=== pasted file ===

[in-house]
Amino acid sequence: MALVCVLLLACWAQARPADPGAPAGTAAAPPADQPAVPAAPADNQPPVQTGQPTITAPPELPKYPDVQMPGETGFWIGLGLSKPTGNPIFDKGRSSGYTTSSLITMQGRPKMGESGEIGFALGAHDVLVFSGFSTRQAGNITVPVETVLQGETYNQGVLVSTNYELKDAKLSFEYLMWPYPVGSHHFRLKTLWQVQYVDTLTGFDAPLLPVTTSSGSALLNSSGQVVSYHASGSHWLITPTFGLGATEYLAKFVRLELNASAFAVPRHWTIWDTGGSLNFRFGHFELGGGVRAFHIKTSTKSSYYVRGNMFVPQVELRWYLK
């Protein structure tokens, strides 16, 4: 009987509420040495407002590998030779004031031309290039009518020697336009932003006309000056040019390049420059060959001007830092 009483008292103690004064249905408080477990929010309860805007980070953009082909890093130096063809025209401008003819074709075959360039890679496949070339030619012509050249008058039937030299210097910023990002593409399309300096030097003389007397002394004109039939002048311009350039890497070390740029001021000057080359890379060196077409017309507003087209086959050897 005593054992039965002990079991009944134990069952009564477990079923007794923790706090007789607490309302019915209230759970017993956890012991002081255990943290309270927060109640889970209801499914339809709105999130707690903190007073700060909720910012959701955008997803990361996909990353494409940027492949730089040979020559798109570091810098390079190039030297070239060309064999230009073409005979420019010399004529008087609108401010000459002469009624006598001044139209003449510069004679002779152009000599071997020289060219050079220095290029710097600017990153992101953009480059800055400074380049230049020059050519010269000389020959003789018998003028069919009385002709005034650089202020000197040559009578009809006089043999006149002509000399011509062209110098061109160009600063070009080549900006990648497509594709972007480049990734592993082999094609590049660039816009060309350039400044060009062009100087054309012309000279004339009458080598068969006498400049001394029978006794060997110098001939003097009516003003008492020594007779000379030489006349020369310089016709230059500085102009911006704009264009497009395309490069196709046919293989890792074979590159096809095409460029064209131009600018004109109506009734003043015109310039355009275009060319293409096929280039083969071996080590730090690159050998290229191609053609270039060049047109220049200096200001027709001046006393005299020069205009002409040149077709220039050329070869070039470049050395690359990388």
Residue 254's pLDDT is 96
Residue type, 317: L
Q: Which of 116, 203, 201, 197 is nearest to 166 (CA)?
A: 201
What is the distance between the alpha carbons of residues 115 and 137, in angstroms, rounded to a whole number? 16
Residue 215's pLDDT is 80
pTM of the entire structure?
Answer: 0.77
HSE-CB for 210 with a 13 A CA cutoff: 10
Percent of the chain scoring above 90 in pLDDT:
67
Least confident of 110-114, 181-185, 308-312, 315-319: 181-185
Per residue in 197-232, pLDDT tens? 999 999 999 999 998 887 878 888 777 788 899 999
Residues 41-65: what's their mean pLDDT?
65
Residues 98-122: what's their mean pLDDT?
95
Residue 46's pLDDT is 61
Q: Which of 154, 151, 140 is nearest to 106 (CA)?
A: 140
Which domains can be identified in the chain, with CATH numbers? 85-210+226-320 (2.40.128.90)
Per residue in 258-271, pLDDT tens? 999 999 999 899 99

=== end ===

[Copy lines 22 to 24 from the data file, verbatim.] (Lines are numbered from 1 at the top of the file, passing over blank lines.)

Q: Which of 154, 151, 140 is nearest to 106 (CA)?
A: 140
Which domains can be identified in the chain, with CATH numbers? 85-210+226-320 (2.40.128.90)